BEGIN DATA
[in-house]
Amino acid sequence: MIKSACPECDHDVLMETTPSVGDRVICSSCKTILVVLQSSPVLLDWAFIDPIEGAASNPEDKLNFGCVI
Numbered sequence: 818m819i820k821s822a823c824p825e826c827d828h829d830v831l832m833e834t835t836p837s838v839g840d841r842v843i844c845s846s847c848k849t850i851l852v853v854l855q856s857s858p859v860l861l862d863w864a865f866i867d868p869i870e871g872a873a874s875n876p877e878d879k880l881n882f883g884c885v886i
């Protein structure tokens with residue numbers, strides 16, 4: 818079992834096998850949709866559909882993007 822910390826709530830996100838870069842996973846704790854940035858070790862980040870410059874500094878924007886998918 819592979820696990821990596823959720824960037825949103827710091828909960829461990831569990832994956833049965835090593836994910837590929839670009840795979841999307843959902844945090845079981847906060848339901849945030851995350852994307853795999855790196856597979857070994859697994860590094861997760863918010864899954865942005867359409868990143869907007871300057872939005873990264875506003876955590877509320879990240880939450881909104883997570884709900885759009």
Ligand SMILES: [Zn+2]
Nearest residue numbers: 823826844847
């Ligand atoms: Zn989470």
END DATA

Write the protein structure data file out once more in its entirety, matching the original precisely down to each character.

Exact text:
[in-house]
Amino acid sequence: MIKSACPECDHDVLMETTPSVGDRVICSSCKTILVVLQSSPVLLDWAFIDPIEGAASNPEDKLNFGCVI
Numbered sequence: 818m819i820k821s822a823c824p825e826c827d828h829d830v831l832m833e834t835t836p837s838v839g840d841r842v843i844c845s846s847c848k849t850i851l852v853v854l855q856s857s858p859v860l861l862d863w864a865f866i867d868p869i870e871g872a873a874s875n876p877e878d879k880l881n882f883g884c885v886i
């Protein structure tokens with residue numbers, strides 16, 4: 818079992834096998850949709866559909882993007 822910390826709530830996100838870069842996973846704790854940035858070790862980040870410059874500094878924007886998918 819592979820696990821990596823959720824960037825949103827710091828909960829461990831569990832994956833049965835090593836994910837590929839670009840795979841999307843959902844945090845079981847906060848339901849945030851995350852994307853795999855790196856597979857070994859697994860590094861997760863918010864899954865942005867359409868990143869907007871300057872939005873990264875506003876955590877509320879990240880939450881909104883997570884709900885759009």
Ligand SMILES: [Zn+2]
Nearest residue numbers: 823826844847
């Ligand atoms: Zn989470």